ROME, JAN. 28, 2010 (Zenit.org).- Pope John Paul II was the same in public and in private: “transparent, sincere, integral,” according to the postulator of his canonization cause.
Monsignor Slawomir Oder made this reflection Tuesday when he presented a volume that he has written in collaboration with Saverio Gaeta. It presents more than 100 testimonies related to the Polish Pontiff’s cause for canonization.
“Why He Is a Saint: The True John Paul II Explained by the Postulator of the Cause of Beatification” was presented in Rome with a presentation from the leader of the Vatican’s saint congregation, Cardinal José Saraiva Martins.
The details in the book that grabbed international attention are regarding the Holy Father’s practices of mortification, including flagellation and sleeping on the floor.
Cardinal Saraiva Martins, however, highlighted the depth of the Pontiff’s prayer. He confessed how overwhelmed he was by the profundity of the Pope’s recollection when he invited someone to dine and the visit began with a silent prayer in the private chapel.
“He was as though absorbed in God,” the cardinal said. “He was a man of God and his intense prayer was a true evangelization.”
The prelate also pointed out the Pope’s profound devotion to Mary and mentioned the “joy,” the “happiness” that John Paul II felt in the year 2000, after the beatification of the shepherds of Fatima, Francisco and Jacinta Marto, on May 13.
A witness stated that when asked, “Do you see the Virgin?” the Pope answered, “No, but I hear her.” Another witness, though, said John Paul II confided that he “saw” her.
The book notes that the Holy Father had a sweet tooth and has other insights into the Pope’s personality: He once answered a religious who expressed her “concern” for “Your Holiness”: “I am also concerned about my holiness!”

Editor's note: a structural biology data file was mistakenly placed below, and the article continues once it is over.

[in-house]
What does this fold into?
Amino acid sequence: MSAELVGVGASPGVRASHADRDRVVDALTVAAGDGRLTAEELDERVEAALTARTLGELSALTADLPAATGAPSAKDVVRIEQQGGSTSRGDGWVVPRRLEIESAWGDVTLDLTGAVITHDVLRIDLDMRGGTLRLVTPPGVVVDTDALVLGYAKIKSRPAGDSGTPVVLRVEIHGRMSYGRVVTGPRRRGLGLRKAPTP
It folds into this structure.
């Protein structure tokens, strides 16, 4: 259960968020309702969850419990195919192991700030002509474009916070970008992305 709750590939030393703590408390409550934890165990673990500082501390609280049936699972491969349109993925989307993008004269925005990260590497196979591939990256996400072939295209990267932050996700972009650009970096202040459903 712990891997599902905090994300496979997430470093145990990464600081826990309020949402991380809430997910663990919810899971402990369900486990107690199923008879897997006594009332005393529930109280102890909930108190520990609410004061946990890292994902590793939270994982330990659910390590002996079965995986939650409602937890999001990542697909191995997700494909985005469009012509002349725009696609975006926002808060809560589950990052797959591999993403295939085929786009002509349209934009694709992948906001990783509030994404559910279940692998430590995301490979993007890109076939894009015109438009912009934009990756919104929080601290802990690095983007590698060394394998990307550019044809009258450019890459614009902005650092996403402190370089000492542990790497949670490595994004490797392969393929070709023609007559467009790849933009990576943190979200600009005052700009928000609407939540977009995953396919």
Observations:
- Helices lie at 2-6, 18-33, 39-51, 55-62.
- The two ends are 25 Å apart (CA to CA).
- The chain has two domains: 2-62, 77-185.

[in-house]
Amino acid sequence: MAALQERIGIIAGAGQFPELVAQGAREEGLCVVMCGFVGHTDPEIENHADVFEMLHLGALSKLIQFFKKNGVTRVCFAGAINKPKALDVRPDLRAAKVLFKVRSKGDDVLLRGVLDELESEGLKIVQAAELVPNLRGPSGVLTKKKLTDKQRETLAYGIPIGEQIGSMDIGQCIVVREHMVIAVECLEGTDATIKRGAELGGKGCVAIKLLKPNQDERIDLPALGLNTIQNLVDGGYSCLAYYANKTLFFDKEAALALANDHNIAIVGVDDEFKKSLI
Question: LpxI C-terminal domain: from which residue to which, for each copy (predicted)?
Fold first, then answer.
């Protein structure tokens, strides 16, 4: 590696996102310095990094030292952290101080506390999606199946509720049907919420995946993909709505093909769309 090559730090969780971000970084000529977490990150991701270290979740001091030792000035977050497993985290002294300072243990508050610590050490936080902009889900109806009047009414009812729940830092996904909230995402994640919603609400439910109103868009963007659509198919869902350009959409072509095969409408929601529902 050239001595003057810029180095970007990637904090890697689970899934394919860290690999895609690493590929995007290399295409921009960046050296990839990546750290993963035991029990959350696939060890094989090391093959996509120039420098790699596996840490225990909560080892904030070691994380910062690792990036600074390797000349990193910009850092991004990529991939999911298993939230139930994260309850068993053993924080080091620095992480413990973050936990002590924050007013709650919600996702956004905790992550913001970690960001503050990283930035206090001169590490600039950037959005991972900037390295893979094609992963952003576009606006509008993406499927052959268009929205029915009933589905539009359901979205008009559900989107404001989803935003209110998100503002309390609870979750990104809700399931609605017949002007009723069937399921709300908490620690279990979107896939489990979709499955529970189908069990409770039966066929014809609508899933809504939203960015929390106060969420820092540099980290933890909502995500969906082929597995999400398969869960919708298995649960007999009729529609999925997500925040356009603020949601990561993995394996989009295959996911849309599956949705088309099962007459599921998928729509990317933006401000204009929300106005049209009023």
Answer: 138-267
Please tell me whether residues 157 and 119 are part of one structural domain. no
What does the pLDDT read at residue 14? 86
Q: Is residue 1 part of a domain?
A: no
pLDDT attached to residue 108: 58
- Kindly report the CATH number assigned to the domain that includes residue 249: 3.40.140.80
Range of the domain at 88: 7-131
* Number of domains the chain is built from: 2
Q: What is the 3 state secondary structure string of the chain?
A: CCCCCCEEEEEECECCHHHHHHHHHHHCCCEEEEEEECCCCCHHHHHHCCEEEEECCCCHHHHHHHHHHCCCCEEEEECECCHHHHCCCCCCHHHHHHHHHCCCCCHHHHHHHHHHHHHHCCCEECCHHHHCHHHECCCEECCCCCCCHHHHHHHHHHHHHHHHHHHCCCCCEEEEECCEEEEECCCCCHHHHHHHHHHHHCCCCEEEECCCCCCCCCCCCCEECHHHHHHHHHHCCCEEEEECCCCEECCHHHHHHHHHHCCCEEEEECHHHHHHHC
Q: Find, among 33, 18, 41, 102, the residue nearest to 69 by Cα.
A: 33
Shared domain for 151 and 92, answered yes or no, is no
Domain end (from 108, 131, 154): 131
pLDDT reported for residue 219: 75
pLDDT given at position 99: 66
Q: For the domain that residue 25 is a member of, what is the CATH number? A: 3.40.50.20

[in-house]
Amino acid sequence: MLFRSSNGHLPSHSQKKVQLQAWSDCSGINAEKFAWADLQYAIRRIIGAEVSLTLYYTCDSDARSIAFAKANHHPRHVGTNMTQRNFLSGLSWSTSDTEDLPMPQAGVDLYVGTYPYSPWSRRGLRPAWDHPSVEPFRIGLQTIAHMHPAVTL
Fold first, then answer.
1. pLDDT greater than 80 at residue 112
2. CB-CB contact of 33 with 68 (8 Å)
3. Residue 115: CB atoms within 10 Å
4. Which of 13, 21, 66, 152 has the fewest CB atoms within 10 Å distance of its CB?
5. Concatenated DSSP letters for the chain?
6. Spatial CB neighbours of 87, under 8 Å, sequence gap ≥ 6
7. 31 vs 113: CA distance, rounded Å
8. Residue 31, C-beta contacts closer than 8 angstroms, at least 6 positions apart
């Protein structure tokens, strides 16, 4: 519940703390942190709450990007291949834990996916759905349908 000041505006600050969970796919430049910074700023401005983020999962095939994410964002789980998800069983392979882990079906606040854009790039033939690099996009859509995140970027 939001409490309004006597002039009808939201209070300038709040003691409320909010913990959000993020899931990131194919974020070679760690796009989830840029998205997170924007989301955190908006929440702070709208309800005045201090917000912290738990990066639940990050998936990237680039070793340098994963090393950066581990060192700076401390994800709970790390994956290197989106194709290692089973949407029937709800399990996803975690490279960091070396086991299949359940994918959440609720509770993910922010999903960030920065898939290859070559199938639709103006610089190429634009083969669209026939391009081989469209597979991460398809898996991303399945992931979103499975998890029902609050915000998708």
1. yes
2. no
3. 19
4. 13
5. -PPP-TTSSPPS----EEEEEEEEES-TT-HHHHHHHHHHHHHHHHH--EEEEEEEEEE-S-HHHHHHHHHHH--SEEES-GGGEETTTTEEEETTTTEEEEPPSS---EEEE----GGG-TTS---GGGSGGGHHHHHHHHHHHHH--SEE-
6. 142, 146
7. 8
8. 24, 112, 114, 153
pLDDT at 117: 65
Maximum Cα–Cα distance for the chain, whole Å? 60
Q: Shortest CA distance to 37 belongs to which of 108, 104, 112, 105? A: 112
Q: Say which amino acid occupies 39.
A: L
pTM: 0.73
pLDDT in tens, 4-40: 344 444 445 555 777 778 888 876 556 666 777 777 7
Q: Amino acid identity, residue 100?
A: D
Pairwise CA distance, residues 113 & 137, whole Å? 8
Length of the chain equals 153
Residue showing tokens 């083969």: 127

Monsignor Oder highlighted the Pope’s “humanity” and his ability to perceive in all persons “the imprint of God.”
And Cardinal Saraiva Martins noted that humanity and holiness are one thing: The more holy one is, the more “human” one is.
Though John Paul II has already been proclaimed venerable — Benedict XVI approved the recognition of his heroic virtues in December — a miracle still needs to be confirmed before his beatification.
That means rumors that the beatification is coming in October are still just that: rumors.
Monsignor Oder explained that a case studied by the Vatican was the now well-known cure of Sister Marie Simon-Pierre. The young French nun of the Little Sisters of Catholic Motherhood suffered Parkinson’s disease (as did John Paul II).
Monsignor Oder said this case was chosen due to, among other things, its “simplicity.”
In the nun’s letter explaining her cure, there was “nothing vain,” the postulator said, whereas in other cases what was pointed out first is the “holiness” of the person cured.
He further noted how the nun suffered from the same illness as the Pope and, finally, how her cure enabled her to take up her activities again at the service of nascent life, a cause that was dear to John Paul II.